The nuclear accident in Japan, at Fukushima-Daiichi nuclear power plant, had few consequences beyond the disaster. It caused a change in the safety measures of the plants around the world. So when five years have elapsed, the Foro Nuclear explains improvements in the Spanish plants that already have incorporated 80% of the measures agreed internationally.
Next March 11th marks five years since the earthquake and tsunami hit Fukushima-Daiichi nuclear reactors with negative consequences, and the global nuclear sector has published the report on their situation. In recent years, the Spanish nuclear power plants have implemented actions and measures to strengthen security and ensure the ability to withstand situations beyond their design basis.
The ENSREG Plan
The Spanish nuclear power plants have carried out actions aimed at ensuring the robustness of the facilities facing similar situations to those that occurred in the Japanese plant. The Action Plan by the European Nuclear Safety Regulators Group (ENSREG), issued in July 2012, following the completion of Resistance Testing at all European nuclear power plants, was meant to homogenizing actions to be taken in different countries. The Nuclear Safety Council (CSN) approved the National Action Plan in 2012 and its subsequent review in 2014.
In Spain, nuclear power plants are complying with the provisions of the National Action Plan and it may be considered that the planned activities are completed by more than 80%. This has resulted in a modernized Spanish nuclear fleet, which meets the most stringent levels of national and international security, and is an asset to value due to the stability it brings to the electrical system, the non-emission of greenhouse gases and its competitiveness.
The main actions and measures that the Spanish nuclear power plants have implemented can be divided into two main groups:
1. Actions and measures of protection against natural hazards such as floods and seismic effects completed by almost 100%.
2. Strengthening prevention and mitigation systems, improving existing and adding portable and additional cooling systems even for the spent fuel pools that can operate in case of electrical isolation of the facilities. Implementation of a common external support center for emergencies (CAE) and a support center for emergency management at each site (CAGE). Many of these actions are already completed and others are in the final phase of implementation.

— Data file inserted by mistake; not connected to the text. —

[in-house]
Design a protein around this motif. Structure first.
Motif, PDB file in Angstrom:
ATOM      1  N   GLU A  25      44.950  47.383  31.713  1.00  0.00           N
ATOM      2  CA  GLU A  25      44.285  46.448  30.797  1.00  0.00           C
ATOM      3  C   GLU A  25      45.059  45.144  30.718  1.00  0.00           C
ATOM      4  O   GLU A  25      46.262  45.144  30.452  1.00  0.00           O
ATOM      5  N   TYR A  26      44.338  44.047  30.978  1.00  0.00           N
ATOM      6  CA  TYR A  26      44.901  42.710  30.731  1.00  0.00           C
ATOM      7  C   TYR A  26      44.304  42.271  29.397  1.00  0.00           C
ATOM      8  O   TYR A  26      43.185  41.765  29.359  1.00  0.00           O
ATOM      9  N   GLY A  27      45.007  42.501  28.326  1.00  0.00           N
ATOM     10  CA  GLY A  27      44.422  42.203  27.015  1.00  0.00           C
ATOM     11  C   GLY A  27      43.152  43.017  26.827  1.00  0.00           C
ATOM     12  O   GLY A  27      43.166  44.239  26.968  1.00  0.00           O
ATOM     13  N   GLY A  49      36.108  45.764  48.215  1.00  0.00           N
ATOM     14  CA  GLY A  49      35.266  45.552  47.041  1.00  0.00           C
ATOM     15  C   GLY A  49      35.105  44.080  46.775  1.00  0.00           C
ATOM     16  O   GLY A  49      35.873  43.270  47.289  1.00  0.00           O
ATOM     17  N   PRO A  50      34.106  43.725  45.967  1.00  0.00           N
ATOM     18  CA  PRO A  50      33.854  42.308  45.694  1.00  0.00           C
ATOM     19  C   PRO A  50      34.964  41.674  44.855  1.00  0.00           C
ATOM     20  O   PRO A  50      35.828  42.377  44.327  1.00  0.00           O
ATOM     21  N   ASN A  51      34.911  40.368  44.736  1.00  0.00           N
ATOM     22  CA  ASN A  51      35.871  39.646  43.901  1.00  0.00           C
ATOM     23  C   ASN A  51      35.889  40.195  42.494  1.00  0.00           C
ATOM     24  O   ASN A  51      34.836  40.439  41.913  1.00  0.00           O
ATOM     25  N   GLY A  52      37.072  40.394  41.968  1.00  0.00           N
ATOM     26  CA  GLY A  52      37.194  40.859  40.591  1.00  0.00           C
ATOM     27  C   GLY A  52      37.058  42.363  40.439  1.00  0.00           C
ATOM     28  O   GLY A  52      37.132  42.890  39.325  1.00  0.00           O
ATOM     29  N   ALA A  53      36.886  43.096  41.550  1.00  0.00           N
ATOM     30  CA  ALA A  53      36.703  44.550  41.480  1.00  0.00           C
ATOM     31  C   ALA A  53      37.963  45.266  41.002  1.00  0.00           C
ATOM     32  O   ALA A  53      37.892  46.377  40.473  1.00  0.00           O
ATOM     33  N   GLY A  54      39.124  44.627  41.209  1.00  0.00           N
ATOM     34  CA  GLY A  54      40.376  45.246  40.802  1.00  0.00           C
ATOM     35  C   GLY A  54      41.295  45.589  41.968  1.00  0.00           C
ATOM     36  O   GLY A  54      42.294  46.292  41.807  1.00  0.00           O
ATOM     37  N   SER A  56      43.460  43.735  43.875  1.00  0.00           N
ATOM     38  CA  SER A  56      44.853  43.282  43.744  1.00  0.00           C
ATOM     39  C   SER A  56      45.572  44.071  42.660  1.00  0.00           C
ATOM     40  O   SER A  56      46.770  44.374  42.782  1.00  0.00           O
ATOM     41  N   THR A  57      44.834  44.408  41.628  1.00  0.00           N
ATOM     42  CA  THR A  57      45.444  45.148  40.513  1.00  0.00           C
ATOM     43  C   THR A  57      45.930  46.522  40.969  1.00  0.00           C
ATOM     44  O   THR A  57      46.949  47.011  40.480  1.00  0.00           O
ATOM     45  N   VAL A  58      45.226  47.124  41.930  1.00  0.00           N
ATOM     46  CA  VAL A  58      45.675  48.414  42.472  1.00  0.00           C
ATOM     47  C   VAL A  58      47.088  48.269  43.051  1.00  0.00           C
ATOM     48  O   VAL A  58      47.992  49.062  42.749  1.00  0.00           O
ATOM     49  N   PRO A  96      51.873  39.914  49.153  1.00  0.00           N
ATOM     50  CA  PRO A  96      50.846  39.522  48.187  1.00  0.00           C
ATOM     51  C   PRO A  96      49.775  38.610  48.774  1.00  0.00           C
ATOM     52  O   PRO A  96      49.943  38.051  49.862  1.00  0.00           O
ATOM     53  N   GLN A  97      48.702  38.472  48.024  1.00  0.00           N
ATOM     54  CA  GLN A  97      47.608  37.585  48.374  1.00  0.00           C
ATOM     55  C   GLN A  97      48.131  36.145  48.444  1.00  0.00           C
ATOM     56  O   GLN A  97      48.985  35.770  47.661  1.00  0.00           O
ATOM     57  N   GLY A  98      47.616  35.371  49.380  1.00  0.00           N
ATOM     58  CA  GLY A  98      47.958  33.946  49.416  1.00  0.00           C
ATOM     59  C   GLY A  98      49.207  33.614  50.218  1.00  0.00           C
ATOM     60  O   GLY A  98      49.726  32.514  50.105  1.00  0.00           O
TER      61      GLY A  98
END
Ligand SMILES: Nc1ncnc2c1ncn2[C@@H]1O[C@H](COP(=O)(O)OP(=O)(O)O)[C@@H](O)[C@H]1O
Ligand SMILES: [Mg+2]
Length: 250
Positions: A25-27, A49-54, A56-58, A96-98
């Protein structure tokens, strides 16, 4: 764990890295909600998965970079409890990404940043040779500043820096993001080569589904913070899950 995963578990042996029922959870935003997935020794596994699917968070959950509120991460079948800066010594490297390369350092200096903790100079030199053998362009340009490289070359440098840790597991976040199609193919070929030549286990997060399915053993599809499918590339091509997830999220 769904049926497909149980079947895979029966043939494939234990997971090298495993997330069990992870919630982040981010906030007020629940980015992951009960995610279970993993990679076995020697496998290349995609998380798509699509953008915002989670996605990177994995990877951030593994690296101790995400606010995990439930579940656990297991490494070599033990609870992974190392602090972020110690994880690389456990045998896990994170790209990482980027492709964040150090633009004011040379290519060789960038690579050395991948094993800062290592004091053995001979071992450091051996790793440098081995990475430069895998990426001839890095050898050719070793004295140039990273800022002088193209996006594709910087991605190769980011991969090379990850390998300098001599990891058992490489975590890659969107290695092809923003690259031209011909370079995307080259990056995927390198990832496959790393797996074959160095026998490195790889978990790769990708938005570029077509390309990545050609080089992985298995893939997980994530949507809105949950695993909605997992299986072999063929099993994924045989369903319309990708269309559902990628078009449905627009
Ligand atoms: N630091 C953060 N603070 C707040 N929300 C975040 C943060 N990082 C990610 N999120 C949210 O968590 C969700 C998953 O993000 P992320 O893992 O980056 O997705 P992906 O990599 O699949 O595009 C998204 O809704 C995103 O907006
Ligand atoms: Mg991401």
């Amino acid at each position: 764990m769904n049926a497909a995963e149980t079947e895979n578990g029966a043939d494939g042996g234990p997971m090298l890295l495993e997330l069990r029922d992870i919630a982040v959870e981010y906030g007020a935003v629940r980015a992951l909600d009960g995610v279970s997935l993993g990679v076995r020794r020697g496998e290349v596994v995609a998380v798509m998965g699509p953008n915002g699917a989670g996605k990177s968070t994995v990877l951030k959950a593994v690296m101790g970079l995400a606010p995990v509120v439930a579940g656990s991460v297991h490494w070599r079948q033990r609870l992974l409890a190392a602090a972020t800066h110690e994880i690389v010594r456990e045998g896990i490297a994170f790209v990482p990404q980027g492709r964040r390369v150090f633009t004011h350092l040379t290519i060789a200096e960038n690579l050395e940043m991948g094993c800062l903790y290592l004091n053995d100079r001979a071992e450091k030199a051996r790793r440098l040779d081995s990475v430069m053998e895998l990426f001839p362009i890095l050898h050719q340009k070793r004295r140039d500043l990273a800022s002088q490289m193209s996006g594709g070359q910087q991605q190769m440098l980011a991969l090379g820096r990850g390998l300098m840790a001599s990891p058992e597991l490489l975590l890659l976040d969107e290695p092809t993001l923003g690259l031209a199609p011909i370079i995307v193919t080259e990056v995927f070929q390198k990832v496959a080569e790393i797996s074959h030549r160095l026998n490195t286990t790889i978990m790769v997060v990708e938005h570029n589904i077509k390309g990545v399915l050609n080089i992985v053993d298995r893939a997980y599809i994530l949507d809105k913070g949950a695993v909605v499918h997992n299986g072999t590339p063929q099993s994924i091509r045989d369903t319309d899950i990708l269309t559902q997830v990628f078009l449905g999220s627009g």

For the Foro Nuclear, (Nuclear Forum), the Spanish nuclear power plants are solidly prepared to face the events alleged in their design basis. In addition, the plants have additional margins to handle extreme events as well as their consequences beyond the design basis.
Five years after Fukushima
Nuclear power produces about 11.5% of electricity in the world. There are currently 442 reactors in 31 countries and 66 more are under construction. There are at least a hundred more reactors planned. In the EU, 14 of the 28 Union Member States have nuclear power plants in operation and four more units are under construction. There are a total of 131 reactors in operation, producing one third of the total electricity consumed in the whole EU.
The pillar around which nuclear activity develops is the safe operation of their facilities. After Fukushima, reviews and actions have been agreed and conducted at the international level to ensure the safety of installations. Moreover, the role of regulatory bodies is essential to ensure safety.
In the case of Japan, four of the 48 existing reactors are currently in operation. In June 2015 Japanese government approved a plan for nuclear energy to contribute between 20% and 22% of the country´s electricity generation mix in 2030.
And in Spain, in recent years, with an installed capacity of 7,864.7 MW, only 7.26% of the total, the seven reactors currently operating in Spain (Almaraz I and II, Ascó I and II, Cofrentes, Trillo and Vandellos II) work 24 hours 365 days a year. Specifically in 2015, the data show that they have operated 7,729 hours, 88.23% of the total.